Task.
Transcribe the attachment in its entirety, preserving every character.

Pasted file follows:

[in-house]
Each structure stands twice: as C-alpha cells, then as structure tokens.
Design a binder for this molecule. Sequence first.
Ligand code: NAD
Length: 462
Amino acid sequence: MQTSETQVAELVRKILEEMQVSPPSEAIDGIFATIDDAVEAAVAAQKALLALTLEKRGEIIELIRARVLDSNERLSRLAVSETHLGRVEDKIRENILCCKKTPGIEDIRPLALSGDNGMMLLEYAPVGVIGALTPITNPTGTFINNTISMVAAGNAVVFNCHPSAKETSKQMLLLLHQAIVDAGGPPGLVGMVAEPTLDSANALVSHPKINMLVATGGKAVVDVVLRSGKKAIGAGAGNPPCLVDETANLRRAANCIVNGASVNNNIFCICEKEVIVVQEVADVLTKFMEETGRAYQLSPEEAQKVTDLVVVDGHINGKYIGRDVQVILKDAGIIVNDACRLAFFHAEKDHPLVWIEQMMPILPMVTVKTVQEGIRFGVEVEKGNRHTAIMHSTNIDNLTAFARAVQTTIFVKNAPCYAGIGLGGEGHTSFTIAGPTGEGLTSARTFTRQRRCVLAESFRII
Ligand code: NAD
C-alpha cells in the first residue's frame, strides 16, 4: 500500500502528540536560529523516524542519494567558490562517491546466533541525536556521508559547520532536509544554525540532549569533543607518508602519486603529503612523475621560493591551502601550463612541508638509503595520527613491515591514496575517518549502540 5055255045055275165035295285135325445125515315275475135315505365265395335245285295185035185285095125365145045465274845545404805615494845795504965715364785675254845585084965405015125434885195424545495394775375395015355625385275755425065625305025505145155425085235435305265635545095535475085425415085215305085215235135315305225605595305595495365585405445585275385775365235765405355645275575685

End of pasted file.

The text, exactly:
[in-house]
Each structure stands twice: as C-alpha cells, then as structure tokens.
Design a binder for this molecule. Sequence first.
Ligand code: NAD
Length: 462
Amino acid sequence: MQTSETQVAELVRKILEEMQVSPPSEAIDGIFATIDDAVEAAVAAQKALLALTLEKRGEIIELIRARVLDSNERLSRLAVSETHLGRVEDKIRENILCCKKTPGIEDIRPLALSGDNGMMLLEYAPVGVIGALTPITNPTGTFINNTISMVAAGNAVVFNCHPSAKETSKQMLLLLHQAIVDAGGPPGLVGMVAEPTLDSANALVSHPKINMLVATGGKAVVDVVLRSGKKAIGAGAGNPPCLVDETANLRRAANCIVNGASVNNNIFCICEKEVIVVQEVADVLTKFMEETGRAYQLSPEEAQKVTDLVVVDGHINGKYIGRDVQVILKDAGIIVNDACRLAFFHAEKDHPLVWIEQMMPILPMVTVKTVQEGIRFGVEVEKGNRHTAIMHSTNIDNLTAFARAVQTTIFVKNAPCYAGIGLGGEGHTSFTIAGPTGEGLTSARTFTRQRRCVLAESFRII
Ligand code: NAD
C-alpha cells in the first residue's frame, strides 16, 4: 500500500502528540536560529523516524542519494567558490562517491546466533541525536556521508559547520532536509544554525540532549569533543607518508602519486603529503612523475621560493591551502601550463612541508638509503595520527613491515591514496575517518549502540 5055255045055275165035295285135325445125515315275475135315505365265395335245285295185035185285095125365145045465274845545404805615494845795504965715364785675254845585084965405015125434885195424545495394775375395015355625385275755425065625305025505145155425085235435305265635545095535475085425415085215305085215235135315305225605595305595495365585405445585275385775365235765405355645275575685